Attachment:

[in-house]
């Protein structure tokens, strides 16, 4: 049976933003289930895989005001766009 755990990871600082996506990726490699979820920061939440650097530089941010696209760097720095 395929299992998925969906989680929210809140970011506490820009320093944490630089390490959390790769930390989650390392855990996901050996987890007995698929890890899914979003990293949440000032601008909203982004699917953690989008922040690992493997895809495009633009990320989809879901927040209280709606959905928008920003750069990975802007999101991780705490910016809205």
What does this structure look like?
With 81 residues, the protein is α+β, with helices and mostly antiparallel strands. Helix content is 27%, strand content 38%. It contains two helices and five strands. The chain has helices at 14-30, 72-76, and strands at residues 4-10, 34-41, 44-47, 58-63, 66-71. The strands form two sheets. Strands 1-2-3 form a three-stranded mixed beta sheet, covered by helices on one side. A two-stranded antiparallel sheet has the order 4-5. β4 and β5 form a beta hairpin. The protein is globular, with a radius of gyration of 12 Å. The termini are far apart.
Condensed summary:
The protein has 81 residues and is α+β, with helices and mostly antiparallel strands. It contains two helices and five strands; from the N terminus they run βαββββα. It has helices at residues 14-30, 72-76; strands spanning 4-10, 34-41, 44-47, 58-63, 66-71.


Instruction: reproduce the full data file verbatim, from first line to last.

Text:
[in-house]
């Protein structure tokens, strides 16, 4: 049976933003289930895989005001766009 755990990871600082996506990726490699979820920061939440650097530089941010696209760097720095 395929299992998925969906989680929210809140970011506490820009320093944490630089390490959390790769930390989650390392855990996901050996987890007995698929890890899914979003990293949440000032601008909203982004699917953690989008922040690992493997895809495009633009990320989809879901927040209280709606959905928008920003750069990975802007999101991780705490910016809205």
What does this structure look like?
With 81 residues, the protein is α+β, with helices and mostly antiparallel strands. Helix content is 27%, strand content 38%. It contains two helices and five strands. The chain has helices at 14-30, 72-76, and strands at residues 4-10, 34-41, 44-47, 58-63, 66-71. The strands form two sheets. Strands 1-2-3 form a three-stranded mixed beta sheet, covered by helices on one side. A two-stranded antiparallel sheet has the order 4-5. β4 and β5 form a beta hairpin. The protein is globular, with a radius of gyration of 12 Å. The termini are far apart.
Condensed summary:
The protein has 81 residues and is α+β, with helices and mostly antiparallel strands. It contains two helices and five strands; from the N terminus they run βαββββα. It has helices at residues 14-30, 72-76; strands spanning 4-10, 34-41, 44-47, 58-63, 66-71.